Diagnosis and Treatment of Cardiac Amyloidosis: ESC Position Statement

Garcia-Pavia P, Rapezzi C, Adler Y, et al.
Diagnosis and Treatment of Cardiac Amyloidosis: A Position Statement of the ESC Working Group on Myocardial and Pericardial Diseases. Eur Heart J 2021;Apr 7:[Epub ahead of print].

The following are key points to remember from the European Society of Cardiology (ESC) Working Group on Myocardial and Pericardial Diseases position statement on the diagnosis and treatment of cardiac amyloidosis:

Initial Considerations:

  1. Cardiac amyloidosis is often underdiagnosed. The majority of cases (>98%) are related to monoclonal immunoglobulin light chain (AL) or transthyretin (ATTR) deposition. ATTR amyloidosis can be hereditary or acquired/wild-type.
  2. Screening for cardiac amyloidosis can be considered when left ventricle wall thickness is ≥12 mm in the presence of any additional suggestive findings. These findings include but are not limited to:
    1. Family history of amyloidosis.
    2. Noncardiac: peripheral neuropathy, autonomic dysfunction, proteinuria, macroglossia, skin bruising, bilateral carpal tunnel syndrome, ruptured biceps tendon, lumbar spinal stenosis, known plasma cell dyscrasia.
    3. Cardiac: conduction disease, persistently elevated biomarkers, nondilated left ventricle with heart failure or aortic stenosis (particularly in the elderly), unexplained right heart failure.
    4. Typical electrocardiogram, echocardiogram, and cardiac magnetic resonance imaging (MRI) findings.

Diagnostic Approach:

  1. Initial evaluation should include testing for monoclonal proteins (serum and urine electrophoresis with immunofixation, serum free light chain ratio) and a bone tracer cardiac scintigraphy scan (fairly specific for ATTR). Follow-up testing with cardiac MRI and tissue biopsy (cardiac or extracardiac) is used when indicated.
  2. The proposed diagnostic algorithm focuses on determining the presence/absence of AL and ATTR cardiac amyloidosis. The four key scenarios are:
    1. (-) monoclonal protein, (-) scintigraphy scan: unlikely to have cardiac amyloidosis, consider cardiac MRI and possible biopsy if suspicion is still high.
    2. (-) monoclonal protein, (+) scintigraphy scan: if grade 2 or 3 uptake on the scan then this is diagnostic for ATTR cardiac amyloidosis and no biopsy is needed, if grade 1 uptake then will need a biopsy to confirm diagnosis.
    3. (+) monoclonal protein, (-) scintigraphy scan: may have AL amyloidosis and will need a cardiac MRI, if MRI is negative then cardiac involvement is unlikely, if MRI is positive then will need a biopsy to confirm diagnosis.
    4. (+) monoclonal protein, (+) scintigraphy scan: may have AL or ATTR or combined amyloidosis, will need a cardiac biopsy to confirm diagnosis.
  3. For ATTR cardiac amyloidosis, referral to genetic counseling and testing should be completed. This will have an impact on prognostication, treatment choice, and screening of family members.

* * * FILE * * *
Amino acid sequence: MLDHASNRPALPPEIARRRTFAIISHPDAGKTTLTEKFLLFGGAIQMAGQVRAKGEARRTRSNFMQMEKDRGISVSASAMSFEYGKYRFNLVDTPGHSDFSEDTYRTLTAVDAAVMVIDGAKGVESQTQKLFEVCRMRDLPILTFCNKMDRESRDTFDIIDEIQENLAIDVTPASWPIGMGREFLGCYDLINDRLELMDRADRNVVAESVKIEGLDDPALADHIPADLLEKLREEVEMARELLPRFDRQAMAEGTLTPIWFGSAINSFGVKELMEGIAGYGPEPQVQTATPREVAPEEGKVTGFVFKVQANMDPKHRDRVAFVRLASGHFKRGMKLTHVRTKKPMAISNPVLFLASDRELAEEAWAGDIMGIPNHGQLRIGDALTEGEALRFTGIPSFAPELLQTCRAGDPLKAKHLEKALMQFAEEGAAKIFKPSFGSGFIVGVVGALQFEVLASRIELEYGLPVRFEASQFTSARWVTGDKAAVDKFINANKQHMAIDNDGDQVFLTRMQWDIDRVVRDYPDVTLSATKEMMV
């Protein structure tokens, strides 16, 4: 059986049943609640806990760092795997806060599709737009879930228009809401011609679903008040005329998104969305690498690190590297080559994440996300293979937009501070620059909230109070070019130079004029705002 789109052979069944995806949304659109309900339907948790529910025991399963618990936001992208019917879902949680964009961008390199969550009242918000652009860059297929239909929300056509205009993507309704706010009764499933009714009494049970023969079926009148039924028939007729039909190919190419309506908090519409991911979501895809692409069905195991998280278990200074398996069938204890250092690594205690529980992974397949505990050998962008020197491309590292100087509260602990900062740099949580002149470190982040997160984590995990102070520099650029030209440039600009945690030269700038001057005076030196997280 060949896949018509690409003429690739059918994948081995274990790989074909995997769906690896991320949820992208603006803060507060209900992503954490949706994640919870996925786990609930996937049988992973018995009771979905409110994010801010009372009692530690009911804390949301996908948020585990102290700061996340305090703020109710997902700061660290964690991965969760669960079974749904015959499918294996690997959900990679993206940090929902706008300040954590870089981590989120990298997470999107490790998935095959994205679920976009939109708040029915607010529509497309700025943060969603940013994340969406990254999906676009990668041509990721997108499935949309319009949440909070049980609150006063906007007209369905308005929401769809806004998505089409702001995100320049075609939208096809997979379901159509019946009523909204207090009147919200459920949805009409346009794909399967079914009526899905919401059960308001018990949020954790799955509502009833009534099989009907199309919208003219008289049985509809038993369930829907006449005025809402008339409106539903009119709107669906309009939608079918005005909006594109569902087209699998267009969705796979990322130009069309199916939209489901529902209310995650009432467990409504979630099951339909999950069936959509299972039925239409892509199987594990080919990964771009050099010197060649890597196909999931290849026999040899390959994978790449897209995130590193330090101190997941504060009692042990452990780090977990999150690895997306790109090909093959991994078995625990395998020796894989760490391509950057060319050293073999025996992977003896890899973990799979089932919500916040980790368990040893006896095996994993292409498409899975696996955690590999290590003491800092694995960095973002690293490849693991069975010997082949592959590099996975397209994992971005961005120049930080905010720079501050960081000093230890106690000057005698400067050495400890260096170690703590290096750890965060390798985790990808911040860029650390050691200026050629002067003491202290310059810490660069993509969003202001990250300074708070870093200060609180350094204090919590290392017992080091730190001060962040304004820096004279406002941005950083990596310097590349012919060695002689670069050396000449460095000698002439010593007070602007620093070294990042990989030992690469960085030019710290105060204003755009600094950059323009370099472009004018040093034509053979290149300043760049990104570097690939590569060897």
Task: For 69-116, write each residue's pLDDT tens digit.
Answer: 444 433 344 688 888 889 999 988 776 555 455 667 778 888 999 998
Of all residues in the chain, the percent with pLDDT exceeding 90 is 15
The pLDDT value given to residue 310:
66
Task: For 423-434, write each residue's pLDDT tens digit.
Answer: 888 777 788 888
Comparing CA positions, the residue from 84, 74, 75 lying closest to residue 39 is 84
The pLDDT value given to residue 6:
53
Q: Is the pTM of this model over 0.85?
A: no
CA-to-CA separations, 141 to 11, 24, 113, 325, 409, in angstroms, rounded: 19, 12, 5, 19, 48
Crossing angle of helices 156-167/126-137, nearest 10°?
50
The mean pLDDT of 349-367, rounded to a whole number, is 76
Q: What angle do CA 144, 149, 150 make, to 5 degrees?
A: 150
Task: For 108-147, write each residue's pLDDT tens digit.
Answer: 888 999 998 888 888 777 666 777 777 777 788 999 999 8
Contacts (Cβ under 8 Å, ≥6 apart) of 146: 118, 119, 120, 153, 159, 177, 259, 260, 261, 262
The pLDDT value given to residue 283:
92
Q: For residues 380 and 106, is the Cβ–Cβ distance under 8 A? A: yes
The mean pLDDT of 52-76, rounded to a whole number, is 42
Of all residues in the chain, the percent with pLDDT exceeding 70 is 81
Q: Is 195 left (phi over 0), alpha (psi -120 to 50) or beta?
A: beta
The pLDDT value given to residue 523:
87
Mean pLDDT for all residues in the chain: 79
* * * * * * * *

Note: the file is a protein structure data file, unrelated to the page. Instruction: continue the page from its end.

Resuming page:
Prognosis and Management:

  1. Several scores based on biomarkers and clinical data are available for initial prognostication. However, the ability to predict disease trajectories in the era of new cardiac amyloidosis therapeutics is lacking. This is an area of future investigation.
  2. General management of cardiac amyloidosis:
    1. Be aware of managing common complications such as heart failure, atrial fibrillation, thromboembolism, conduction disorders, ventricular arrhythmias, and aortic stenosis.
    2. Use the following medications with caution: beta-blockers, angiotensin-converting enzyme inhibitors, angiotensin receptor blockers, digoxin.
    3. Organ transplantation, while not commonly performed, may be considered.
  3. Treatment for AL cardiac amyloidosis:
    1. Referral to hematology for consideration of chemotherapy or autologous stem cell transplant.
  4. Treatment for ATTR cardiac amyloidosis:
    1. Acquired/wild-type: tafamidis (TTR stabilizer, prevents protein misfolding).
    2. Hereditary: tafamidis (TTR stabilizer); if polyneuropathy is present then can also use patisiran (TTR gene silencer, prevents production).
    3. Tafamidis and patisiran have been shown to be effective in clinical trials. Additional indications for these drugs and other therapies, including agents that remove amyloid deposits, are under continued investigation or used off-label.
  5. Ideal follow-up and serial testing have not been established, though timing of testing and follow-up has been suggested. Referral to specialized centers is strongly encouraged.

Clinical Topics: Arrhythmias and Clinical EP, Cardio-Oncology, Geriatric Cardiology, Heart Failure and Cardiomyopathies, Noninvasive Imaging, Valvular Heart Disease, Atrial Fibrillation/Supraventricular Arrhythmias, Acute Heart Failure, Echocardiography/Ultrasound, Magnetic Resonance Imaging, Nuclear Imaging

Keywords: Amyloidosis, Amyloidosis, Familial, Aortic Valve Stenosis, Atrial Fibrillation, Cardiotoxicity, Diagnostic Imaging, Echocardiography, Geriatrics, Heart Failure, Immunoglobulin Light Chains, Magnetic Resonance Imaging, Pharmaceutical Preparations, Plaque, Amyloid, Prealbumin, Radionuclide Imaging, Spinal Stenosis, Stem Cell Transplantation, Thromboembolism

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